Archabbot Denis Strittmatter, O.S.B.

Archabbot, Saint Vincent Archabbey, Latrobe, Pennsylvania (1949-1963)

A native of Hastings, Pennsylvania, fifty-three-year-old Denis Omer Strittmatter had come to Saint Vincent as a boy of fourteen and studied in the prep school and college before entering the novitiate in 1916. He completed his philosophical and theological studies at Saint Vincent Seminary and was ordained to the priesthood in 1923. Afterward he served for six years in Saint Vincent’s parishes in Youngstown, Ligonier, Wilpen, Pittsburgh, and Jeannette, Pennsylvania, before being appointed assistant director of Saint Emma’s Industrial and Agricultural Institute in Virginia in 1929, a post he held for fifteen years. In 1944 he became director of Saint Emma’s, and when the institution was turned over to the Holy Ghost Fathers of Pittsburgh, he returned to Saint Vincent in September 1947 to assume the position of director of maintenance. Strittmatter was blessed as the sixth archabbot of Saint Vincent on November 25, 1949, by Bishop John F. Dearden of Pittsburgh.

Under Archabbot Denis Saint Vincent moved forward on several fronts. Increased numbers of young men presented themselves as candidates for the Benedictine life, and a postwar spirit of optimism about the future of the monastic community pervaded the house. By 1956 there were 272 members of the community, the highest number in Saint Vincent’s history up to that time and a 12 percent increase since the election of Archabbot Denis. Enrollment in the seminary more than doubled in the period following the election of Archabbot Denis, and by 1956 there were 225 seminarians at Saint Vincent; they came from fourteen American dioceses in the states of Pennsylvania, Ohio, New Jersey, New York, Kentucky, Arizona, Washington, and the District of Columbia. The college grew not only in enrollment but in prestige as a better-educated Benedictine and lay faculty assumed teaching duties and a younger and more administratively adept leadership took charge of the college administration. By 1956 there were almost 800 students registered at Saint Vincent College, an increase of 20 percent over the enrollment of 1949. Only the prep school declined in enrollment during these years, going from 279 in 1949 to 262 in 1956, a decrease of 6 percent.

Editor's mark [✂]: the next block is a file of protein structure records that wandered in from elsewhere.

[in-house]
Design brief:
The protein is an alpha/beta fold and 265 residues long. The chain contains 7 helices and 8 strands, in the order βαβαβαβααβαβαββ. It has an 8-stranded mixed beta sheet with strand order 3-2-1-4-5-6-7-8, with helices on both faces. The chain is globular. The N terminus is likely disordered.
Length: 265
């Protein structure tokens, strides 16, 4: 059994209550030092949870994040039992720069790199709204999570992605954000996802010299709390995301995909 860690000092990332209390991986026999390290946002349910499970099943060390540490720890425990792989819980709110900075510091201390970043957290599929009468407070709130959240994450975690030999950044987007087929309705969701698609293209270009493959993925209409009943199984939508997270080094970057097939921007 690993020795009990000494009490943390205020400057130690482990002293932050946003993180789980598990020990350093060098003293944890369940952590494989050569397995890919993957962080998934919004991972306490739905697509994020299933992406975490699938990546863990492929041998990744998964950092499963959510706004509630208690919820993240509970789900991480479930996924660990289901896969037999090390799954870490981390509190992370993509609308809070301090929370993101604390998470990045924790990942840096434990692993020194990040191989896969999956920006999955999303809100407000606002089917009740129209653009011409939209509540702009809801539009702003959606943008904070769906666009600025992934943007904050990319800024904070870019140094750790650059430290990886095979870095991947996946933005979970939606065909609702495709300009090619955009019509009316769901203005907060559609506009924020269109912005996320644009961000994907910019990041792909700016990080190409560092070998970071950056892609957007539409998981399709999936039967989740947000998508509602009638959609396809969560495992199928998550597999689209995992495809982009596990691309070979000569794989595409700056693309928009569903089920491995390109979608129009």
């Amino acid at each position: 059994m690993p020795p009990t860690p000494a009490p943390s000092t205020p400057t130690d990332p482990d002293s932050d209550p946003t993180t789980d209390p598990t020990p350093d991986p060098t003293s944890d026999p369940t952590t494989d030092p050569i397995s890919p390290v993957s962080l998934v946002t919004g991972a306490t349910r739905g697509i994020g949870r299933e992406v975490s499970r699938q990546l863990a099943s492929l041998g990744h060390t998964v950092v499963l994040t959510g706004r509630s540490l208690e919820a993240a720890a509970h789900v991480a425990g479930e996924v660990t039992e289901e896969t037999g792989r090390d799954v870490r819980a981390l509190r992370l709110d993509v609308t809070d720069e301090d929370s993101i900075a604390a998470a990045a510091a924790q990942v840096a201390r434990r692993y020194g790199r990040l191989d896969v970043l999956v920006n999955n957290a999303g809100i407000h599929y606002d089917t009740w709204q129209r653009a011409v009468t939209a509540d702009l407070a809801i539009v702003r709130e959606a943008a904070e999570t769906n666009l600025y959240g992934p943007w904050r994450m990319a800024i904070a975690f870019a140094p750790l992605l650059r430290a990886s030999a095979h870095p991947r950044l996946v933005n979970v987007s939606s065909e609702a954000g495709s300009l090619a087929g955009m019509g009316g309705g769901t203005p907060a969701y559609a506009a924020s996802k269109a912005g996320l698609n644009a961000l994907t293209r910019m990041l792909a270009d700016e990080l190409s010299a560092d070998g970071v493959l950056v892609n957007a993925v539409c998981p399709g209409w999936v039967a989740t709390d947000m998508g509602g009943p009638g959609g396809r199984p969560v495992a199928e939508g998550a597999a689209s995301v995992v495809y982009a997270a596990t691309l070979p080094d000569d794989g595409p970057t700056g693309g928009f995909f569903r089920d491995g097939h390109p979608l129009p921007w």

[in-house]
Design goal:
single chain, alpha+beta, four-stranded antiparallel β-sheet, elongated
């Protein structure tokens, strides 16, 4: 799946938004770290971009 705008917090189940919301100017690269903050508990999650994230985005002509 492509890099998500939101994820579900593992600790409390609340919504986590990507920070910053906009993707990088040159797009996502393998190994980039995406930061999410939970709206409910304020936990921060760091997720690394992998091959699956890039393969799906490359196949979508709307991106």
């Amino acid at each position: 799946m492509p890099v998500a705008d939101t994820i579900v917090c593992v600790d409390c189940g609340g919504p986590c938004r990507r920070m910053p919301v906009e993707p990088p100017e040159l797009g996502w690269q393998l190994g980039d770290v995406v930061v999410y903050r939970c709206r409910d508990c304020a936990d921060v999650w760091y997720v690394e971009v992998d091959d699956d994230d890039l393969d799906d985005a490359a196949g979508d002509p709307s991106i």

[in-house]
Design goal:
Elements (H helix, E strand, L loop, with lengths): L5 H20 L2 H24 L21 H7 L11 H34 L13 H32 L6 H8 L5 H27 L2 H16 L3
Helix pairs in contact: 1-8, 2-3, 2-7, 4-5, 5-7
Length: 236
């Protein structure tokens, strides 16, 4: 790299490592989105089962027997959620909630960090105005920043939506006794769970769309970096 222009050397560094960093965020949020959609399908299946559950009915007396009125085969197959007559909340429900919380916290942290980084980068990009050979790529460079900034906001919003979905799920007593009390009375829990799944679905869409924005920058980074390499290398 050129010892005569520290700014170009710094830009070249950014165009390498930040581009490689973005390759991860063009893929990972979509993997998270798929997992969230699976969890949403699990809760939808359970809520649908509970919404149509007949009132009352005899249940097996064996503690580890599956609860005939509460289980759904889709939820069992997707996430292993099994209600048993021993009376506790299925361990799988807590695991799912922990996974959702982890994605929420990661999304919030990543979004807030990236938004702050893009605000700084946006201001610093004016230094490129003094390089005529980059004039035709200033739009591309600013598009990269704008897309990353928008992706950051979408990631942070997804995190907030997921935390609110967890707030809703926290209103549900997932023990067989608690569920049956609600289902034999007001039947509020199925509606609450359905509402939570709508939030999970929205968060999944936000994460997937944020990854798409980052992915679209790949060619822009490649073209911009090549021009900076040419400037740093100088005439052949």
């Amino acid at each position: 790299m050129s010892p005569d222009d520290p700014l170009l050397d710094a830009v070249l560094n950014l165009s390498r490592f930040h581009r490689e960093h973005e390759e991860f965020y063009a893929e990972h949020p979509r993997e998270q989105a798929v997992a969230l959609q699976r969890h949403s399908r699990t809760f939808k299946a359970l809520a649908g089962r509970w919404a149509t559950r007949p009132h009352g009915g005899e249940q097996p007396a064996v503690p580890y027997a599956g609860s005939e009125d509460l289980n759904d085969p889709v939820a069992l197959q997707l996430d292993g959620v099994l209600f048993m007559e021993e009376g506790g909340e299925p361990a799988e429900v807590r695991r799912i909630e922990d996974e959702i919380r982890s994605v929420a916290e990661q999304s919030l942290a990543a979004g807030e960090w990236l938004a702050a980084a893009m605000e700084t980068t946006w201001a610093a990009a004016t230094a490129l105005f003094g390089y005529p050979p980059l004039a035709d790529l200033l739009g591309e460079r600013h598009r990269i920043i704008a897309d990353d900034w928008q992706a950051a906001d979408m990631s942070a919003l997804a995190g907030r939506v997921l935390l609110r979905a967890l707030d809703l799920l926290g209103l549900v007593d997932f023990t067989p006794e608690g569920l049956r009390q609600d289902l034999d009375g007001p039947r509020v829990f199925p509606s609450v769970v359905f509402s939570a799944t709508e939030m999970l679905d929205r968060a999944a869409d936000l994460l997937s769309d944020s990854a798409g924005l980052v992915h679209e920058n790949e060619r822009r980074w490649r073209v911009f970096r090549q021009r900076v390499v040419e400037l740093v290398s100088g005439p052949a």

During his time as archabbot, he had contributed significantly to the postwar development of the community, overseeing dramatic increases in monastic vocations as well as notable growth in the college and seminary. He had led Saint Vincent into the second half of the twentieth century with a single-minded commitment of continuing the traditions of his predecessors. He had made key improvements in the old buildings and had built an array of new ones, including a new seminary, a new library, and a spacious activities building for sports and cultural events. Under his leadership the monastery, seminary, college, and prep school had made impressive progress in the post-war period.